Capture Brain Fitness games keep older brains sharp!

We spent several months working with these testers, sharing new ideas, testing play patterns, and refining these new offerings to ensure they were both a fun and challenging experience!

Testers shared some fantastic feedback after a month of playing…

“I plan ahead more. I think of the outcome before hastily acting.”

“I play bridge and find it easier to remember which cards were played!”

“Gets your brain thinking! Challenging, stimulating and fun all in one.”

“I plan to play these for a long time!”

Increasingly we are hearing about the importance of keeping our brains nimble and strong as we age.  With so many companies offering digital training games, we are very proud to present quality hands-on thinking games that engage players both on a tactile and mental level. These three classic ThinkFun games, Rush Hour, Chocolate Fix, and Solitaire Chess, have long been celebrated for pushing players to think harder and challenge themselves, and we are thrilled to present them now for an older audience!

Do you play brain games to keep your mind sharp? What are your favorites?

ThinkFun Sponsors Design for Change Prize

The following guest post is shared by Sanjli Gidwaney, the Country Coordinator for the incredible Design for Change USA organization!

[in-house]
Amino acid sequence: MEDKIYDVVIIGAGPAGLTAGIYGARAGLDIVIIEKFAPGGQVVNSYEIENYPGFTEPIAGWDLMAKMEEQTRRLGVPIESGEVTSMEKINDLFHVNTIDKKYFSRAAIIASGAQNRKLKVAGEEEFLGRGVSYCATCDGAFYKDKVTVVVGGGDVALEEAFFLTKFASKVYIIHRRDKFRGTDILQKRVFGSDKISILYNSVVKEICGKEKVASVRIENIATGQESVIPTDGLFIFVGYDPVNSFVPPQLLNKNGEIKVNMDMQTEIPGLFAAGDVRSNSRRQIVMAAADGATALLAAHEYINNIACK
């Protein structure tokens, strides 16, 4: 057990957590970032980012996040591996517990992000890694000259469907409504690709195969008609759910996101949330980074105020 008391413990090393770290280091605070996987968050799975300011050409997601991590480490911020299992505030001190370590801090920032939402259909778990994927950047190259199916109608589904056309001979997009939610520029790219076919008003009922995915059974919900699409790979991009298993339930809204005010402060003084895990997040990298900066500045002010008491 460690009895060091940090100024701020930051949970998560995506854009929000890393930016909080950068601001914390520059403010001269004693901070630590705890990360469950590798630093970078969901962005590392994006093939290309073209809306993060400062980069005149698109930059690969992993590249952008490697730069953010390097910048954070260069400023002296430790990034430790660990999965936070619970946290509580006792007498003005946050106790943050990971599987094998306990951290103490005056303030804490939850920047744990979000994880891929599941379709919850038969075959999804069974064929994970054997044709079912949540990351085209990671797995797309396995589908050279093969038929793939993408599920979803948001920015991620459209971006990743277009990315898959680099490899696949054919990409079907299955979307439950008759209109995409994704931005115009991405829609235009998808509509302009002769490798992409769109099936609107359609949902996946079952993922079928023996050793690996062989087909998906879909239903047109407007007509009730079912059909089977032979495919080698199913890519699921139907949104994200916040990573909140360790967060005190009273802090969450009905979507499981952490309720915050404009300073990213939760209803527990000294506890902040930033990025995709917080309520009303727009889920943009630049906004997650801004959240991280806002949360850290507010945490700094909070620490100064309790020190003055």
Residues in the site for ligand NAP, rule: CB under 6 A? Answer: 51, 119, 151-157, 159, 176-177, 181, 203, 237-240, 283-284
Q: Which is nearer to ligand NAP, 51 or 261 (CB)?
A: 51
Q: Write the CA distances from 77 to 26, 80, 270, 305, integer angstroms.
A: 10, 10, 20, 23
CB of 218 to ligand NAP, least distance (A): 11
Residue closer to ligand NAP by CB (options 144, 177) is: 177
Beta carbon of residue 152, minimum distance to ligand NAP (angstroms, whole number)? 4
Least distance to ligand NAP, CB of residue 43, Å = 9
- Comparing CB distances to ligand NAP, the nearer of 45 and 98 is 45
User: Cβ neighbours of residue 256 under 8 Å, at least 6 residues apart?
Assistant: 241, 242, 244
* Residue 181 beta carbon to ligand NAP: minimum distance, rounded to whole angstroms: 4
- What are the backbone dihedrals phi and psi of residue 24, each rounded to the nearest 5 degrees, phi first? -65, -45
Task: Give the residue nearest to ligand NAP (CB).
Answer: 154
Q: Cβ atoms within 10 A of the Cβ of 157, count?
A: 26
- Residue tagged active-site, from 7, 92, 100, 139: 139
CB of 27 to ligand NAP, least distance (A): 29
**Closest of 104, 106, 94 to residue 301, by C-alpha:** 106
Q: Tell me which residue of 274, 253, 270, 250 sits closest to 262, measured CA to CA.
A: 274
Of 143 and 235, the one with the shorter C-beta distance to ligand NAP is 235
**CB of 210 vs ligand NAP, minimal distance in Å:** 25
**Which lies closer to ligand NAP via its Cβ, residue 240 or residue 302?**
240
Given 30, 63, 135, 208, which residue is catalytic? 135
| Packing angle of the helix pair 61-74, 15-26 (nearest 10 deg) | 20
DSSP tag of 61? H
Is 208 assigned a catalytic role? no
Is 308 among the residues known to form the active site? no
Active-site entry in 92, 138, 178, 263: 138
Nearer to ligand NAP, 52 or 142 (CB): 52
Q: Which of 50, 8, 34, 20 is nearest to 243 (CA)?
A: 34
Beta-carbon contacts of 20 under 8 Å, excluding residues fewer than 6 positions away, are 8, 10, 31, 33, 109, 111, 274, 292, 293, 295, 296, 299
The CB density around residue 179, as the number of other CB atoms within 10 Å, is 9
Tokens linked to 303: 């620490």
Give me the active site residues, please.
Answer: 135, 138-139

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The Design for Change USA (DFC USA) team is pleased to announce the students of Crazy Horse School from the Pine Ridge Reservation in South Dakota, as the winners of DFC USA 2013! Their winning entry, Combating High Dropout Rates, has inspired people around the world. The students have received $500 worth of ThinkFun games, in recognition of their efforts!

The natural partnership between DFC and Think Fun is rooted in the belief that children learn best when they’re having fun. It is through critical thinking and team building skills learned during games and real world problem solving, which enable students to become better leaders and change makers of the future. DFC is incredibly thankful for the support of ThinkFun, and we are so excited that our student winners will benefit from $500 worth of ThinkFun games this year!

DFC kids ThinkFun Sponsors Design for Change Prize

2013 Design for Change USA Winning Team!

To learn more about Design for Change and the winning team, keep reading!